Phenolic Acids: Benefits and Dietary Sources

There are more than 8000 polyphenolic compounds found in various plant species; among them, phenolic acids, flavonoids and lignans are the most important.

Scientific research reveals that polyphenol-rich diet reduces the risk of cancer, cardiovascular diseases, diabetes, and osteoporosis. Polyphenols are so called life-prolongers since they prevent certain diseases that often lead to fatal outcomes.

Phenolic acids are a group of phytochemicals with powerful antioxidant and anti-inflammatory properties. The list of phenolic acids is quite long, and some of them were thoroughly studied in connection with human health.

Acetylsalicylic Acid

Aspirin, a synthetic form of acetylsalicylic acid (ASA), is widely used to prevent and treat heart attacks. This compound has two important properties – it prevents the formation of blood clots and has anti-inflammatory qualities.

Unfortunately, like any other drug, aspirin has notable side effects. It irritates the stomach and can cause complications like gastritis, peptic ulcer, and gastric bleeding.

However, salicylic acid is also found in natural plant products. According to recent studies, lack of these products in our diet might increase the risk of hearth and blood diseases. Salicylic acid also gives fruits and veggies many of their beneficial properties.

In vegetables, the salicylate content ranges from 0 to 6 mg. It is higher in fruits and berries, 2.1 to 7.8 mg. Dries fruits like apricots, dates, and raisins are high in salicylic acid, as well as cucumbers, tomatoes, and black tea. Spices like curry powder, thyme, and paprika have the highest content, though we commonly use them in small amounts.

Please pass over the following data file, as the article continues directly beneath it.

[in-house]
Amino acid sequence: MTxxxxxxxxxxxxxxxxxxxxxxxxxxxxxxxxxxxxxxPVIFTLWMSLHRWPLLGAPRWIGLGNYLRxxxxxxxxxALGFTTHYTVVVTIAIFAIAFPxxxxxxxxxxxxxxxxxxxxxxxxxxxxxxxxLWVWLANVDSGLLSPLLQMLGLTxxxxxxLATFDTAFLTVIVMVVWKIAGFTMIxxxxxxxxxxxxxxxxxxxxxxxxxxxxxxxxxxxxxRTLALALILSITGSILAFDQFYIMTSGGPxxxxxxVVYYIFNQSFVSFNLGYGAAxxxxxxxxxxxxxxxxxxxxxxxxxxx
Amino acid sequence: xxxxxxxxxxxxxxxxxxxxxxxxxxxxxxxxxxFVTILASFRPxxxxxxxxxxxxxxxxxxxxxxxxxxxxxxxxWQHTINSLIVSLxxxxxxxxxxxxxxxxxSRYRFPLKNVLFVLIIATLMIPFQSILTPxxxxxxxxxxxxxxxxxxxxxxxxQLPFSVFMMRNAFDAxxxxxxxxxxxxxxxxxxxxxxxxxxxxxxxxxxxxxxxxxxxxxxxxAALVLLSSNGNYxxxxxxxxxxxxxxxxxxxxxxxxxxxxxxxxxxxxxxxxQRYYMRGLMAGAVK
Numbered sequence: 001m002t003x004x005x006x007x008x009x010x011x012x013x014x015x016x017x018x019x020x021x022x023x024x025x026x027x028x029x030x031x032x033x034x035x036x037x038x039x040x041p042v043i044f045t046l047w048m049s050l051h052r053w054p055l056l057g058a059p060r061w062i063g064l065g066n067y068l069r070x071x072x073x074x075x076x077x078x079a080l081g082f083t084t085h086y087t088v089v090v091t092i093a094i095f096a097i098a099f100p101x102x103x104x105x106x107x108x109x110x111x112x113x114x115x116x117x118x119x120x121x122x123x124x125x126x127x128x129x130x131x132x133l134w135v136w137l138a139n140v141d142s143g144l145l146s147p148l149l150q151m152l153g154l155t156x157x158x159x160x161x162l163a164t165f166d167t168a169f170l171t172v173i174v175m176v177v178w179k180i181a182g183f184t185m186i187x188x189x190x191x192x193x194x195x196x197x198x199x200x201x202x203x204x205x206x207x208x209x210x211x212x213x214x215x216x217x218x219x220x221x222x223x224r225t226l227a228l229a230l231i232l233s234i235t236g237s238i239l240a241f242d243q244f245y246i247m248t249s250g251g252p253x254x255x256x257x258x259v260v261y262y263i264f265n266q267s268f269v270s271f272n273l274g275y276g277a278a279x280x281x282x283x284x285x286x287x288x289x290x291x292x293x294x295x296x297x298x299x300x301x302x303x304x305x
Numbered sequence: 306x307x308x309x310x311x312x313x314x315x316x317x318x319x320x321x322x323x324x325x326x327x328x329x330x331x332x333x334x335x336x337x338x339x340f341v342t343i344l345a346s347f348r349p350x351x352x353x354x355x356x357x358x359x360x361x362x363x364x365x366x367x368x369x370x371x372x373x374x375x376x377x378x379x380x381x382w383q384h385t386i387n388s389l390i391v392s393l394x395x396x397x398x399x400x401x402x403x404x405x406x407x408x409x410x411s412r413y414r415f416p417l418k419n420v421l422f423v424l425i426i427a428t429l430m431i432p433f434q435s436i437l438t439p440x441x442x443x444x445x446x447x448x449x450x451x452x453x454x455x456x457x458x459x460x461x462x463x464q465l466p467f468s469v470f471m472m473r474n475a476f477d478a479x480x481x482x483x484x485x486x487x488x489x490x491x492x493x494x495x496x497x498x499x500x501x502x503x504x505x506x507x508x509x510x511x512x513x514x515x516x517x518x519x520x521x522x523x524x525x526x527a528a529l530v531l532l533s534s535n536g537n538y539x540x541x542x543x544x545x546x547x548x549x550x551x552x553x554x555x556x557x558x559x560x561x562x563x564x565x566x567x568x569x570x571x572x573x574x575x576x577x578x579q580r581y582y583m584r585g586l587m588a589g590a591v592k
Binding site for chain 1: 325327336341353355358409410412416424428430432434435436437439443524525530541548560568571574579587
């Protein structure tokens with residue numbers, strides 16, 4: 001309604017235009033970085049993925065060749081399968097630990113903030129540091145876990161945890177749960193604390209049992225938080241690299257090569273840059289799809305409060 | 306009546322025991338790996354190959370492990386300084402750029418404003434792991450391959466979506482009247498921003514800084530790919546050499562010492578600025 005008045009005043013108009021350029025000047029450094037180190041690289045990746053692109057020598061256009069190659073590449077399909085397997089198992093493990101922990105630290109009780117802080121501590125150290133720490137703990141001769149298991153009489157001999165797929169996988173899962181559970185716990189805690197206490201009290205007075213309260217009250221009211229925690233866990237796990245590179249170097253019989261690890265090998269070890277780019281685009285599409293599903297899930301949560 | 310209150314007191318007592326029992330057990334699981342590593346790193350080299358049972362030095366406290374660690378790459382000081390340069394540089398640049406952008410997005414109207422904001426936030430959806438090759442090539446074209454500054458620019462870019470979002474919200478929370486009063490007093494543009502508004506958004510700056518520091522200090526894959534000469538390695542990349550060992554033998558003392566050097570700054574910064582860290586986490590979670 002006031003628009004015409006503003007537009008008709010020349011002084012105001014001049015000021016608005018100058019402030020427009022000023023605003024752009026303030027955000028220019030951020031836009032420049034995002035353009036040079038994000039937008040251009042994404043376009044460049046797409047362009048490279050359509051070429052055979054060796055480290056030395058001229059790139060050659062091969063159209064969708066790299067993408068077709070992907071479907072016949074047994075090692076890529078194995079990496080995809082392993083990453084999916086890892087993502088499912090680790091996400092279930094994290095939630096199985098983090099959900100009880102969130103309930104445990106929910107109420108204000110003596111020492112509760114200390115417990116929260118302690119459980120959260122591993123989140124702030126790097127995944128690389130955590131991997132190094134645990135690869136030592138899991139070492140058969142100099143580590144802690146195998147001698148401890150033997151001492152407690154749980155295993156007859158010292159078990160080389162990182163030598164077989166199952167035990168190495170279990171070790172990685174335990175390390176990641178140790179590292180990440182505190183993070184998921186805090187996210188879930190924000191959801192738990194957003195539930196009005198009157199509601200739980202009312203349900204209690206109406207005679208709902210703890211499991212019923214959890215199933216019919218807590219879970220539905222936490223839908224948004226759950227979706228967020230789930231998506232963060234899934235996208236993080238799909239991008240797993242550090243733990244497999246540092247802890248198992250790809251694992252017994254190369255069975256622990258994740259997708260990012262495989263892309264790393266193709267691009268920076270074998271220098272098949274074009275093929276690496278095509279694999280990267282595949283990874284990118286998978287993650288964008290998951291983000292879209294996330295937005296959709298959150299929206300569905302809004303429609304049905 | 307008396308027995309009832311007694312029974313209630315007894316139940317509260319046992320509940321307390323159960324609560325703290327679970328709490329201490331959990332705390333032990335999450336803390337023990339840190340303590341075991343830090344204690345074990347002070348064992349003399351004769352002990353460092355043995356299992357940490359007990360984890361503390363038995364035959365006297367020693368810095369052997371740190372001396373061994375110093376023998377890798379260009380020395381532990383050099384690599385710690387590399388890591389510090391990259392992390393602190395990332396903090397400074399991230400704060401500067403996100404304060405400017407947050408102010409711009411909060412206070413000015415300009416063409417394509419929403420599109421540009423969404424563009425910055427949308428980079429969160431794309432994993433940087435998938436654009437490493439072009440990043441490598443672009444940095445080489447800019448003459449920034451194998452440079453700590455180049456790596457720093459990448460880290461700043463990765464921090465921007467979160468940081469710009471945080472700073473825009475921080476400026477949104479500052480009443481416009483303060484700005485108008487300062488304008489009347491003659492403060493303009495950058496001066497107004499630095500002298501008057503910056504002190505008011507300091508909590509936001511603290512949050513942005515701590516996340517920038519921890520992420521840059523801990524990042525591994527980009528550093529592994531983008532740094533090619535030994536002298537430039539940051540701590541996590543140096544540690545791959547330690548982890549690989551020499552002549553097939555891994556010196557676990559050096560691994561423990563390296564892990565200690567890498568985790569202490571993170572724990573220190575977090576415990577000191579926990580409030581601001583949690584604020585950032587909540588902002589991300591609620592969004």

Some researchers find that the increased incidence of cardiovascular diseases is caused by the lack of salicylates in our food. Grains, meat, fish, and dairy products, which are very poor in salicylates, usually make the most of our diet. Taking only 25-30 mg of salicylic acid daily would significantly reduce the risk of strokes and heart attacks, not to mention the strong antioxidant properties that slow down the aging process.

Fresh fruits and vegetables will enrich your diet with beneficial phenolic acids. Don’t forget to add curry powder, turmeric, thyme, and rosemary to your dishes. Ginger powder is also great to add in drinks like tea, coffee, and juices.

Ellagic Acid

Ellagic acid is great for cancer prevention. Recent studies have shown that ellagic acid is one of the most effective anti-cancer agents. It works similar to the drugs used in chemotherapy, but, unlike synthetic pharmaceuticals, natural plant compounds aren’t toxic.

Precancerous cells can appear in the body at any age; they transform into real cancer cells rather slowly. Over time, carcinogens cause multiple gene mutations, which make the malignant cells more viable. At a certain point, they form something like micro-tumors, which are still very difficult to diagnose.

This process can take from one to fifty years, and during this time precancerous cells are very sensitive to external influences. At different stages of cancer development, anti-cancer agents from food can provide protection to our body.

Berries, fruits, and nuts are rich in ellagic acid; its highest content is found in raspberries, strawberries, and blackberries.

Antioxidant properties

Even vitamins A, E, and C cannot compete with antioxidant properties of phenolic acids. Oriental spices have the highest antioxidant activity index (AAI), berries and fruits follow them right after.

Among berries, blueberry has the strongest antioxidant properties. In addition, blueberries help to increase our visual acuity and reduce blood sugar. Phenolic compounds found in blueberries reduce the risk of blood clots, heart attack, and stroke.

Foods rich in phenolic acids play a significant role in regulating vital functions of our body. It is highly recommended to include them in our diet on a daily basis.

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